As a possible use scenario, a content stream may be blocked to content consumption devices associated with a particular Audience X as follows. The content stream may be encrypted with a content key which is then encrypted with a blackout encryption key. The blackout encryption key is paired to a blackout decryption key provided (e.g., via content licenses) to audiences other than Audience X. As such, content consumption devices associated with Audience X are not served the blackout decryption key. The content server may then stream the encrypted stream embedded with a leaf license including the encrypted content key to consumption devices of all audiences. Content consumption devices associated with audiences other than Audience X, which have received the blackout decryption key within their content license, may then decrypt the encrypted content key, and use the obtained content key to decrypt and consume the content. However, content consumption devices associated with Audience X, which have not received the blackout decryption key within their content license, are unable to decrypt the encrypted content key, and thus cannot consume the content.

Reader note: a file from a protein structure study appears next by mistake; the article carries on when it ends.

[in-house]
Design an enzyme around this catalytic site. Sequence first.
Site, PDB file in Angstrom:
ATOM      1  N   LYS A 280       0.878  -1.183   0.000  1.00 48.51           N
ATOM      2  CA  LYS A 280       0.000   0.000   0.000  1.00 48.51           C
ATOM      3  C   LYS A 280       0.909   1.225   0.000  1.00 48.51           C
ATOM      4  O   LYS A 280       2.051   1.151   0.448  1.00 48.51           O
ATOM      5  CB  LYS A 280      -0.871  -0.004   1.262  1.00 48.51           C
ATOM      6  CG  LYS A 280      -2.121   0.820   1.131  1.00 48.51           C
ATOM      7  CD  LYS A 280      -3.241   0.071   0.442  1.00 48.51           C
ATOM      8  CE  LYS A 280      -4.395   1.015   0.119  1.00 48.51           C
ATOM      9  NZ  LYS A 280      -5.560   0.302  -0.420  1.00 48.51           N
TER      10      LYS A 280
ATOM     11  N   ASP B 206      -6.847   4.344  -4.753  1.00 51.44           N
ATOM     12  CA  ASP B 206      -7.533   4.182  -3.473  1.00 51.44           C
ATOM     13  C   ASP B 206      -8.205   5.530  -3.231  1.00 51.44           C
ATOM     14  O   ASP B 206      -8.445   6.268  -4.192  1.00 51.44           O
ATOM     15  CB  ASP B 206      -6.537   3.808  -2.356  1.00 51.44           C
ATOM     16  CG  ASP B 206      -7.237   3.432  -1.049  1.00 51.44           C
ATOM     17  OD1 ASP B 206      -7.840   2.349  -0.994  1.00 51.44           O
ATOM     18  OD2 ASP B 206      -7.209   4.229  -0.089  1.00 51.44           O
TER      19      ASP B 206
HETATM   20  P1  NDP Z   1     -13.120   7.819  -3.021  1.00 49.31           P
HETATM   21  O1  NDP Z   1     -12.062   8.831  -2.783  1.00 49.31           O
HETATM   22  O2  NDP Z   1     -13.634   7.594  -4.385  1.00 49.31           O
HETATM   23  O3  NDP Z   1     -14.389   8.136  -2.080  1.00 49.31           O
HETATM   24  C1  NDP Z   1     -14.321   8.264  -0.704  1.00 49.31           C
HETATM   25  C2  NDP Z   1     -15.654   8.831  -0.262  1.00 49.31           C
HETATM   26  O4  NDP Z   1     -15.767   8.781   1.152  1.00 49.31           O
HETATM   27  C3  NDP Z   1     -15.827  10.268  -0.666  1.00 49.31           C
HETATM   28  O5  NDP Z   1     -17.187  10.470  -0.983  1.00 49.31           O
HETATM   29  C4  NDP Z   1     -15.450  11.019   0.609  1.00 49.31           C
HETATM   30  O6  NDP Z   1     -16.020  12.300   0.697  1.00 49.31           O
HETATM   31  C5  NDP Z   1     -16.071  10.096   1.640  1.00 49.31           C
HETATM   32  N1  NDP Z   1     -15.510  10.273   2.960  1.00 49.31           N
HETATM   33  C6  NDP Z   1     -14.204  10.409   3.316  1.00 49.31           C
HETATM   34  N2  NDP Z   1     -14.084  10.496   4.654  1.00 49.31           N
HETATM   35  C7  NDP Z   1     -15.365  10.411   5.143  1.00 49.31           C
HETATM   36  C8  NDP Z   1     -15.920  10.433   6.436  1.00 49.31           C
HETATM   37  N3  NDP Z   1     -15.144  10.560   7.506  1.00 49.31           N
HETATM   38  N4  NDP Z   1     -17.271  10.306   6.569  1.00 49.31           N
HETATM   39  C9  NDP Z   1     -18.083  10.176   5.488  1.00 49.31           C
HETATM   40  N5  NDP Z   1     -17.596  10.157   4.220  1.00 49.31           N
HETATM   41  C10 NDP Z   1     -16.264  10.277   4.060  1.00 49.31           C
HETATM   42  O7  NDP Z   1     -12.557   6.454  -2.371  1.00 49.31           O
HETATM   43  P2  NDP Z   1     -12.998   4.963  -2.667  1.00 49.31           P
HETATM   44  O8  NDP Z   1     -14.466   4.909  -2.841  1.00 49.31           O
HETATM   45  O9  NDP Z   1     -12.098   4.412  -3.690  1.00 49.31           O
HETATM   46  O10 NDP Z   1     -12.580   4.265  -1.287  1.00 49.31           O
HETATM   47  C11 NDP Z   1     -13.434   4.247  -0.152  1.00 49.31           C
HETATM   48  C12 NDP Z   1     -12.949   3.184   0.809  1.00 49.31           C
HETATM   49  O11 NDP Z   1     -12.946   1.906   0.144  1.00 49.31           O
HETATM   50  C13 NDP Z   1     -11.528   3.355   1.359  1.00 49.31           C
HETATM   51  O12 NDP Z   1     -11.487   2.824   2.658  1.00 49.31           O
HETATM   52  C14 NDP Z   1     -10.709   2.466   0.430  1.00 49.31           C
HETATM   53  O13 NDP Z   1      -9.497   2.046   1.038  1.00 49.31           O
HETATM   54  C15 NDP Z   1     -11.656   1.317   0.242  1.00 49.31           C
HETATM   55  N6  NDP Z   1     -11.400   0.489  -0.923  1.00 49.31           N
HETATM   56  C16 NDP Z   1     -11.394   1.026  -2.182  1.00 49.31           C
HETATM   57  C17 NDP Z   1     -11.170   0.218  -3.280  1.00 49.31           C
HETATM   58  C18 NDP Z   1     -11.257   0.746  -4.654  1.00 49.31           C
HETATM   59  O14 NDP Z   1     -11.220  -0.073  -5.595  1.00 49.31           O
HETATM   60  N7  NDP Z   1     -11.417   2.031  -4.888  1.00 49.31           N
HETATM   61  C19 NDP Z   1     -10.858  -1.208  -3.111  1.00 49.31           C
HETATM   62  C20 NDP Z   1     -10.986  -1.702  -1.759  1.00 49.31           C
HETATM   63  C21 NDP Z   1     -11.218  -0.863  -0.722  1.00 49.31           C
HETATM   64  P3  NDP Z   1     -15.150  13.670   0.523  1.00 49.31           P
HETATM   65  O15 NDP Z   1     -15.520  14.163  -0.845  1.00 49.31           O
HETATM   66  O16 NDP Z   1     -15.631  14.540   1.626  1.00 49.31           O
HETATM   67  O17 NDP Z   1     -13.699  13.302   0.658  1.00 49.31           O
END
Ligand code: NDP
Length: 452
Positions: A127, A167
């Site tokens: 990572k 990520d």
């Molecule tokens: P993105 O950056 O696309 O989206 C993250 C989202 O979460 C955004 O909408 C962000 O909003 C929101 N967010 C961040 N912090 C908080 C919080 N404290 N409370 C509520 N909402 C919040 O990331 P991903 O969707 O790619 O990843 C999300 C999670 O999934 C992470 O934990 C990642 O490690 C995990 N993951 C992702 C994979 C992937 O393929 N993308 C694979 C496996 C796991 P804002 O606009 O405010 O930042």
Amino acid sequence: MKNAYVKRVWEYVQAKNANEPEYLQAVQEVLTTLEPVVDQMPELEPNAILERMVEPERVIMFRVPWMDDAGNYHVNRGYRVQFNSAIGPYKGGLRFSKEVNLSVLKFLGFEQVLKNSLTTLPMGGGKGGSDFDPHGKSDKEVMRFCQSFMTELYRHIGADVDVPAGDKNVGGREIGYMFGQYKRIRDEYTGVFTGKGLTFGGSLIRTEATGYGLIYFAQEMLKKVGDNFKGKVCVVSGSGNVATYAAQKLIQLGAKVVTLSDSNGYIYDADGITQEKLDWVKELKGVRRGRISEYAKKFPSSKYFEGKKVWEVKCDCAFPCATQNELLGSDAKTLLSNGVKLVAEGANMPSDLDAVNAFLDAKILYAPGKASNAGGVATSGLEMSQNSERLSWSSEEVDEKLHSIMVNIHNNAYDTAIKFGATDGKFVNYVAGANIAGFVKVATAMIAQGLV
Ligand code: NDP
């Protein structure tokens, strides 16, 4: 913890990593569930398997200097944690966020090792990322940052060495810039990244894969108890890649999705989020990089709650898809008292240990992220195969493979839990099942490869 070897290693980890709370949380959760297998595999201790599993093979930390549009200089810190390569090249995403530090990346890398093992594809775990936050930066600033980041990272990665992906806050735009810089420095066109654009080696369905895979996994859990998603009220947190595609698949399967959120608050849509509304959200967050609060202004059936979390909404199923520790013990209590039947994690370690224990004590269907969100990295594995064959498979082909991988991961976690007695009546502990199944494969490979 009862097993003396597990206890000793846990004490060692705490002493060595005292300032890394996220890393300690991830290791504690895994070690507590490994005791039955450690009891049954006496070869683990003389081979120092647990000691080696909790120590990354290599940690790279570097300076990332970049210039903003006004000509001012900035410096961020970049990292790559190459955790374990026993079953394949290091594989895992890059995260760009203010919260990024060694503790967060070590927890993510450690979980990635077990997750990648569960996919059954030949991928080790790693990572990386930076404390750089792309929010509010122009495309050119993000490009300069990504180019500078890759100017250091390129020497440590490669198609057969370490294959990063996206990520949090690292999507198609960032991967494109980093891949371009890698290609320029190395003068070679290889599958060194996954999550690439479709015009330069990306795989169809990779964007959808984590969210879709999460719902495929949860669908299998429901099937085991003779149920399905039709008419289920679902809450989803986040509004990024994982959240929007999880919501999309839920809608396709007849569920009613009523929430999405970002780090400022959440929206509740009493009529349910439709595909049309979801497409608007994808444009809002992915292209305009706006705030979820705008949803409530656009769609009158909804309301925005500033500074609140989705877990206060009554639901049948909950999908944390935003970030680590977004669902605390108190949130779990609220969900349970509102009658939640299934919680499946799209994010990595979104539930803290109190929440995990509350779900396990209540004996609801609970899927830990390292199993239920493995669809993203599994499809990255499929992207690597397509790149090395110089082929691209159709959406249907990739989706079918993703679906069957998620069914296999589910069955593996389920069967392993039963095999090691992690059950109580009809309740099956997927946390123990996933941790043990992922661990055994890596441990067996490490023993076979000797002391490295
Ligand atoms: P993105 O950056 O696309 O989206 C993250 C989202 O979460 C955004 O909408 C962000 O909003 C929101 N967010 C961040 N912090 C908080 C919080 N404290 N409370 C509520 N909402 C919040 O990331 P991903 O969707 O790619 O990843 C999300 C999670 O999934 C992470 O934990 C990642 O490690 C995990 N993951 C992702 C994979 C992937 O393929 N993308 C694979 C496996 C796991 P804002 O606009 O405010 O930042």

It should be appreciated that in some blackout scenarios, content consumption devices receiving content to which they do not have the appropriate blackout decryption keys to consume may in some embodiments be directed to other content which they are able to consume.